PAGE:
The output and consumption components, measured by the Production and Employment indices, combined for a 2.9% negative impact on the Manufacturing PMI® calculation. Companies continue to reduce MoM output to align with the subdued demand environment, as evidenced by the November Production Index reading indicating contraction. After a two-month expansion followed by one month at the breakeven line, the Production Index returned to contraction territory in November. In terms of employment, survey respondents reported a slowdown in hiring and an increase in headcount reduction activities, primarily through layoffs and attrition.

Meanwhile, the indices used to measure the input components of the diffusion index signal continued adaptability to accommodate future demand growth. The Supplier Deliveries Index indicated faster deliveries for the 14th straight month, and at a faster rate than in October. While remaining in "decreasing" territory, the Prices Index showed signs of stabilization with its November reading of 49.9%, representing a 4.8% increase from October's figure of 45.1%. The PMI® report attributes this slight rise to easing energy markets being offset by increasing commodity prices, particularly in steel markets.

Why It Matters:

The slowing pace of both the manufacturing sector and the broader economy as 2023 draws to a close has significantly heightened the difficulty of forecasting for 2024. Companies are prioritizing production adjustments to match persistently weak demand while placing increased focus on managing material inputs and, even more aggressively, labor costs. November's ISM Manufacturing PMI® figure of 46.7% fell short of analysts' expectations of 47.6%, suggesting a loss of economic momentum despite the robust growth witnessed last quarter.

Leading indicators crucial to future growth, such as new orders and customer inventories, offer no immediate signs of an imminent uptick in activity. While November's New Orders Index registered its second-highest reading since August 2022, sluggish orders in two capital-intensive industries, Computer & Electronic Parts and Machinery, which are both among the top six by share of manufacturing GDP, continue to drag down the subindex.

Comments from survey respondents included in the ISM report reveal a recurring theme of inflated inventory levels and customers postponing orders until 2024. Uncertainty surrounding the future economic outlook and elevated financing costs have further dampened demand levels, exerting significant negative pressure across the manufacturing sector. Notably, only two of the six largest manufacturing industries, Food, Beverage & Tobacco Products and Transportation Equipment, registered growth in November.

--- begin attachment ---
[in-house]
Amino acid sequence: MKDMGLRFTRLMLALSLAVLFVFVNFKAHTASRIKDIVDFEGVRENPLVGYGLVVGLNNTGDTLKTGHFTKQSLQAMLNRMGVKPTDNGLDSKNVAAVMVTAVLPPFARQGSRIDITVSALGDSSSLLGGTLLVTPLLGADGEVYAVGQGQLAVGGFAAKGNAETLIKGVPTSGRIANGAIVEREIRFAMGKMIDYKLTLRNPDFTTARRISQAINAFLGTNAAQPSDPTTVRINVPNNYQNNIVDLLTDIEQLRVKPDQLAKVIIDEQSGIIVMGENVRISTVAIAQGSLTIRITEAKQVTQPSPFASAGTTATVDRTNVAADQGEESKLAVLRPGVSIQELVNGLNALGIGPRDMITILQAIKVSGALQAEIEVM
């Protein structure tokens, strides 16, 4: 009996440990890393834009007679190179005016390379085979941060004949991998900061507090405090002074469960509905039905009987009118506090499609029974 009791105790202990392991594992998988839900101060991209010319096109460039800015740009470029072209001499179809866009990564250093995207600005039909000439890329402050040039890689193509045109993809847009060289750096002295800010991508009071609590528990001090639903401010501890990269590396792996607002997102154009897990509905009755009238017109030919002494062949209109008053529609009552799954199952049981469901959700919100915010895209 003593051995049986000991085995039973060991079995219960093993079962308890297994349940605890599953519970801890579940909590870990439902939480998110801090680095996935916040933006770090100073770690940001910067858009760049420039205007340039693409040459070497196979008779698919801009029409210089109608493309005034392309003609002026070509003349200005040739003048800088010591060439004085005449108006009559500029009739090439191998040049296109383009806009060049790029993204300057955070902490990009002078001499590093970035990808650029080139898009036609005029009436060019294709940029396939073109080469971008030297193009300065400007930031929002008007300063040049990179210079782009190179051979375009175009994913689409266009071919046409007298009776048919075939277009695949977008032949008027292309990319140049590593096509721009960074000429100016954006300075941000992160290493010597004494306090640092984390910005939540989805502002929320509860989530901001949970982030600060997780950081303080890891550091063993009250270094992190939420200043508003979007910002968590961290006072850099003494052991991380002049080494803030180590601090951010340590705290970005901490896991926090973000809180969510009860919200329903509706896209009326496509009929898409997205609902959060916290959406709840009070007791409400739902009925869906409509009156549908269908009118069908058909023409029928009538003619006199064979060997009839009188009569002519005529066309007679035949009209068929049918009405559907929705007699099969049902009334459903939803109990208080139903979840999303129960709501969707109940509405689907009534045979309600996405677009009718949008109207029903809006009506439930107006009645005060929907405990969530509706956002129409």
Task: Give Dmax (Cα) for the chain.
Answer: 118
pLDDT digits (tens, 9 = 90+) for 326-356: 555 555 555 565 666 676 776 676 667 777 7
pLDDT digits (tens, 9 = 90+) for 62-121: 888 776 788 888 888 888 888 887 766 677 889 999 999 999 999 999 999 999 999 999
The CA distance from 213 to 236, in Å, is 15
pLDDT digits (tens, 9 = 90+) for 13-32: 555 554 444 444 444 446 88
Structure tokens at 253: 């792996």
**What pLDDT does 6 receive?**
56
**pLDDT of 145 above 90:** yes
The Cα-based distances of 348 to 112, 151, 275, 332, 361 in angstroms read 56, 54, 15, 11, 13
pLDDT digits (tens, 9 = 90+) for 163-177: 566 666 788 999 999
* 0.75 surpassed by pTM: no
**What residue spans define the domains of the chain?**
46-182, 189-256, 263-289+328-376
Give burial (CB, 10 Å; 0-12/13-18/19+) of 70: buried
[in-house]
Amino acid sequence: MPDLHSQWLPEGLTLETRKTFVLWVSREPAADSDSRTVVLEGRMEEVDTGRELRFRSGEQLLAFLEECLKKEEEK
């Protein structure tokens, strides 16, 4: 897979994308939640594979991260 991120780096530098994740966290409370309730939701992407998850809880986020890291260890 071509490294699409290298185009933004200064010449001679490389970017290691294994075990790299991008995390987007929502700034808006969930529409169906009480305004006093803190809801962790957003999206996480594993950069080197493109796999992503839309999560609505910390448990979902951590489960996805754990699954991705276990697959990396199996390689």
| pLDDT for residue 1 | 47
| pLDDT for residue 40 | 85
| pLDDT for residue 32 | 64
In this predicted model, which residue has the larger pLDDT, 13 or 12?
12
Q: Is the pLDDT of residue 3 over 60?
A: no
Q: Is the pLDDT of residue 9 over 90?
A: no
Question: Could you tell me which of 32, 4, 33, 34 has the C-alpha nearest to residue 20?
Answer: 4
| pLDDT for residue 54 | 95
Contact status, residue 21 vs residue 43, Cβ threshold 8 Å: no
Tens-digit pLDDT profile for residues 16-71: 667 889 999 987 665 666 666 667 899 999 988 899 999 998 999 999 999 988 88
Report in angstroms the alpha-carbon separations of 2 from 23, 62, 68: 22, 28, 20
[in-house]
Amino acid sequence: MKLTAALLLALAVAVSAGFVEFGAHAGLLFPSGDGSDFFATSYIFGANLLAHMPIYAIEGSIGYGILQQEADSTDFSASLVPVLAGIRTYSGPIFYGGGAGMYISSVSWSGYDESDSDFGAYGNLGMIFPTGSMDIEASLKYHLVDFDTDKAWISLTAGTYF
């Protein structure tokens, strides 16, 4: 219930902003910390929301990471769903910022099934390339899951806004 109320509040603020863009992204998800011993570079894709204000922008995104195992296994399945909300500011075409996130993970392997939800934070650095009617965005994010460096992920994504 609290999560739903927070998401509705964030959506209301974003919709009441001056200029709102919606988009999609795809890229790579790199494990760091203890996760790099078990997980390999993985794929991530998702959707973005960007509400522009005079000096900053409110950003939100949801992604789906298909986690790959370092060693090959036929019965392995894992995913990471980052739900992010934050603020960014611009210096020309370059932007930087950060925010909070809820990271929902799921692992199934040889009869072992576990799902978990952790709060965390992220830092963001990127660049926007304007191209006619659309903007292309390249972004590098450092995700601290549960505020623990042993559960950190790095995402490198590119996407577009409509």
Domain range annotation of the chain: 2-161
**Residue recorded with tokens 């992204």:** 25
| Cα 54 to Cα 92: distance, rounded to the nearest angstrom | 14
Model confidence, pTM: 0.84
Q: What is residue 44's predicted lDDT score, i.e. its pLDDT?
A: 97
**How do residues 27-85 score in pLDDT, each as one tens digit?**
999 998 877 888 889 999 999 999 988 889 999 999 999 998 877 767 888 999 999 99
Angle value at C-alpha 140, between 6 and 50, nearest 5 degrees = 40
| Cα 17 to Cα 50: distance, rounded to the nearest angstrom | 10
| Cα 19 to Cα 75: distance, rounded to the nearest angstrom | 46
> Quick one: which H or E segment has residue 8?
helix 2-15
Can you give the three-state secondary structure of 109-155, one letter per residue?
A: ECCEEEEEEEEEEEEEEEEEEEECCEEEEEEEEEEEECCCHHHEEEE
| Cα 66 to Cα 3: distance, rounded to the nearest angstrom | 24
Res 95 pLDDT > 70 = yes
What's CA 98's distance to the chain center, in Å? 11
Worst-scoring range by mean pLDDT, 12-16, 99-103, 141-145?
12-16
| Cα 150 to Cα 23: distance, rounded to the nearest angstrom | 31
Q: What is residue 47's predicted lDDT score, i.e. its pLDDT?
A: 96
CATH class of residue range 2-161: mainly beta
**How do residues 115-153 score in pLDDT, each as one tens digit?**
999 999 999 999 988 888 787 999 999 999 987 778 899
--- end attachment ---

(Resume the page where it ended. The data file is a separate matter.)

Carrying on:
These insights paint a picture of a cautious manufacturing sector grappling with both ongoing challenges and a highly uncertain future. The need to manage costs while navigating a sluggish demand environment will remain paramount for companies in 2024. While there are glimmers of hope in specific industries, a broader economic recovery seems unlikely in the immediate future. 

Macro Impacts

  • Total nonfarm payroll rose by 199,000 in November, topping the 150,000 consensus and increasing from 150,000 in October that was unrevised from its initial release, according to the most recent jobs report released by the Bureau of Labor Statistics (BLS).
    • The unemployment rate dropped 0.2% from 3.9% in October to 3.7% in November.
    • Total Transportation and Warehousing employment declined slightly by 5,000 jobs, driven by a decrease of8,100 jobs in warehousing and storage. 
  • The Personal Consumption Expenditures (PCE) Price Index, the Fed’s preferred gauge for measuring inflation, was flat MoM from September to October while core PCE, which excludes fuel and energy, rose by a seasonally adjusted rate of 0.2%.
    • On an annual basis, headline PCE was up 3% while core PCE was up 3.5%, seasonally adjusted.
  • According to the most recent Consumer Price Index report released by the Bureau of Labor Statistics, headline CPI increased 0.1% MoM in November after being unchanged in October while core CPI rose 0.3% MoM, both seasonally adjusted.
    • Headline CPI rose 3.1% on an annual basis, down slightly from the 3.2% rise recorded in October. 
    • Core CPI is up 4.0% YoY in November, similar to the October reading.